Principally the issue of pregnancy and all that entails is between the expectant mother and her doctor(s). The current law was devised to enable that to occur and I believe those settings are right. To repeal the provision may indeed have the unintended consequence of increasing illegal abortions, which must be avoided at all cost, to safeguard the health of those involved.
Do you support faith-based organisations’ current right to, if they so choose, restrict employment or enrolment to those who share their ethos, just like political parties do?
The determination of whether or not a restrictive action is discriminatory is a complex matter under the relevant Act. I believe the current law allows such a restriction where it can be shown it is relevant to the role being performed. It is my understanding that “Sharing the ethos” doesn’t necessarily mean the individual to occupy the position has to personally practice or hold to the belief or faith position, but rather they are prepared to teach the ethos and that is the position I hold on the matter.
Do you agree with state funding of educational programmes that teach contested gender theory (like the so called Safe Schools Programme)?
I support the status quo. I would need to be appraised of any proposed amendments before commenting further.
Poker machines cause a great deal of social harm to vulnerable Tasmanians. Over $15 million is lost monthly on poker machines in Tasmania, with a significant portion of this attributed to the estimated 8000 problem or moderate-risk gamblers.
Would you support legislating for $1 bet limits (down from the current $5 bet limit)?
I would see the legislation of $1 bet limits as being a step in the right direction, however my personal position is this:
The operation of poker machines needs a thorough review, regardless of venue. Technical aspects i.e. speed of play, addictive nature, bet level and level of advantage to the establishment cause harm and require major scrutiny.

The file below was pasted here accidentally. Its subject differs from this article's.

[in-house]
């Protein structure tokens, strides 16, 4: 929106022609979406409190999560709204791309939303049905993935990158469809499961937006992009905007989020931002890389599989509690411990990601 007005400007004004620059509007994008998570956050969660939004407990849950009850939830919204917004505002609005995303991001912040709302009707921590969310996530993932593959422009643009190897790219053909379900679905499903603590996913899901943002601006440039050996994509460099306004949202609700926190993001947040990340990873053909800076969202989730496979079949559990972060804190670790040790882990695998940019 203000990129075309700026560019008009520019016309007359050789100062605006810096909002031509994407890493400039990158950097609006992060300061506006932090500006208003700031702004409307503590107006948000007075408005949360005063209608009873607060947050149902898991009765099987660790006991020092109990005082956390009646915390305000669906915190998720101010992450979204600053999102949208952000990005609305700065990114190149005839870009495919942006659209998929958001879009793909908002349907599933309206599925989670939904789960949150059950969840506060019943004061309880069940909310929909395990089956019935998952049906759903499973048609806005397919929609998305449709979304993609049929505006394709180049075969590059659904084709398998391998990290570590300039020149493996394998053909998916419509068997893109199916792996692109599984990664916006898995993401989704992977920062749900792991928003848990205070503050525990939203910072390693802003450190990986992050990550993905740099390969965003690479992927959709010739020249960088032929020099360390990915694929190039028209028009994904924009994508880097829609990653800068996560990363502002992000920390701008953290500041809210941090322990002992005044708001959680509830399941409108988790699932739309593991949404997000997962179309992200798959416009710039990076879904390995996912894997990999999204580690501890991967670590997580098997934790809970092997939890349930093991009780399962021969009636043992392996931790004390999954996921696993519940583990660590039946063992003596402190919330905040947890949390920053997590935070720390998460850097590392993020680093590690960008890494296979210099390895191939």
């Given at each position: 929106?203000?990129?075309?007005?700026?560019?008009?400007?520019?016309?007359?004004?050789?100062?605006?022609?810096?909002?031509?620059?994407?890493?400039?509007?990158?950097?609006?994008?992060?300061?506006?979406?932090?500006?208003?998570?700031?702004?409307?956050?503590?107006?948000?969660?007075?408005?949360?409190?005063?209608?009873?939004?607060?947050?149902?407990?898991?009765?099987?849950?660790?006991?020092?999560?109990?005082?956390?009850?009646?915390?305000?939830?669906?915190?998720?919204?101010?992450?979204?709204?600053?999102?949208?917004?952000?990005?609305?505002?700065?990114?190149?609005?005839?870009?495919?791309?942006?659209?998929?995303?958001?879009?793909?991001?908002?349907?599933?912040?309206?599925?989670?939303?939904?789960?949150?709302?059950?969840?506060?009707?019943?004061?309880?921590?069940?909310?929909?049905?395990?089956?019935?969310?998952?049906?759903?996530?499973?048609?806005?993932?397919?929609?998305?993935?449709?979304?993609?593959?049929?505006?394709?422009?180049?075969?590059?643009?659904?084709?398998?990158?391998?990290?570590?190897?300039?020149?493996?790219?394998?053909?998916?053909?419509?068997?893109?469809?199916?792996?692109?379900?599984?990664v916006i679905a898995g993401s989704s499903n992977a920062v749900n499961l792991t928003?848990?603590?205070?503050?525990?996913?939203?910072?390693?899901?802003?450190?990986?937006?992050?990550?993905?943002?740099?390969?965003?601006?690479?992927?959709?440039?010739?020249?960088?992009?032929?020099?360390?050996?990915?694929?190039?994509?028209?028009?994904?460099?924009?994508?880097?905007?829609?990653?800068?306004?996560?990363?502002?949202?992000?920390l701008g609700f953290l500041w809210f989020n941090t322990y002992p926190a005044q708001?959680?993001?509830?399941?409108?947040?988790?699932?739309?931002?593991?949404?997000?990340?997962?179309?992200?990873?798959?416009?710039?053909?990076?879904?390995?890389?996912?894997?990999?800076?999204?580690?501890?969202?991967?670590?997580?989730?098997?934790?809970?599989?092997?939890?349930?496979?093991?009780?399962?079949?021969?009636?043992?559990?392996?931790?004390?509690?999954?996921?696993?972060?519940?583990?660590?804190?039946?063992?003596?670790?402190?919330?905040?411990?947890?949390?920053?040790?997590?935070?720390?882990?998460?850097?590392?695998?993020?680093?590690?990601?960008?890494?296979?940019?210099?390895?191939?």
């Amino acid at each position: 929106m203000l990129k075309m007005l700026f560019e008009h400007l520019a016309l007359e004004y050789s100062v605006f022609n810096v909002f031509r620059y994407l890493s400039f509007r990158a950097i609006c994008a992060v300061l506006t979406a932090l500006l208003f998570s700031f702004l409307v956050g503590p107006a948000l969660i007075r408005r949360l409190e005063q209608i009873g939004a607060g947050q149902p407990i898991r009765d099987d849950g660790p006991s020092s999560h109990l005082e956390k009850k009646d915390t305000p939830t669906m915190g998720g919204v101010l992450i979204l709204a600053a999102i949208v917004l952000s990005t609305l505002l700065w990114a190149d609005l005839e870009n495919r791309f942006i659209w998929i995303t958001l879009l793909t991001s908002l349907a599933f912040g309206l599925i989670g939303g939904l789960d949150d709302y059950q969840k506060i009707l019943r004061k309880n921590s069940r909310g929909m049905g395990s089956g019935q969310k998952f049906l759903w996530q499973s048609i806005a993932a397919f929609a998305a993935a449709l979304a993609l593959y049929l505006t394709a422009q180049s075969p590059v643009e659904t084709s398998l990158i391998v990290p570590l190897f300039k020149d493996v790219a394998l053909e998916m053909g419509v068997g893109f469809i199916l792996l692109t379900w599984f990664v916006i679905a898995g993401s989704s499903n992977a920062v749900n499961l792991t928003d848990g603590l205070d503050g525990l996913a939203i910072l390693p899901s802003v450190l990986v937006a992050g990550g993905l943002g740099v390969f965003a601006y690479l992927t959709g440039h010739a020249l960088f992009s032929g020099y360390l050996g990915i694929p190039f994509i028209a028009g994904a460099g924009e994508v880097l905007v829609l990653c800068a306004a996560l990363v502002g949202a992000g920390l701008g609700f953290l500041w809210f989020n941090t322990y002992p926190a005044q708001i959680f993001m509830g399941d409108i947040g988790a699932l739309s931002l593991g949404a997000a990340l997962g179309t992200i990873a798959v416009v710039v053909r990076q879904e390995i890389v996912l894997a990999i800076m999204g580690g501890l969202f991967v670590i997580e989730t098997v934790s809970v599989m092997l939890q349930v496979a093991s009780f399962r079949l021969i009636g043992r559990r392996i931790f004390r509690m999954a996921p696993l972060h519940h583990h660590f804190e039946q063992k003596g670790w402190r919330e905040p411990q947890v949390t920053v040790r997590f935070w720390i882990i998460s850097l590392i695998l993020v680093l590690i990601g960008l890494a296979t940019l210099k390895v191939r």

Prostitution degrades women by objectifying them as commodities for men’s sexual gratification. Internationally, policies discouraging demand for sexual services are proving to be the most effective way of limiting both the size of and the harms resulting from prostitution. The progressive “Nordic model” criminalises the buyer of sex, not the provider, and provides viable pathways for those wishing to exit prostitution.
Would you support an inquiry into the suitability of the Nordic approach to help vulnerable women in Tasmania?
While I am unsure of the claims being made with respect to the Nordic model above, as with any contentious area of policy, I would be happy to participate in such an inquiry which would provide an opportunity to test such claims.
How would you like to be remembered as a politician?
A fair and honest individual who was always willing to not only help others with their problems and issues but who listened to all sides of an argument before settling on a position and not closing their mind to any matter that was of general community concern.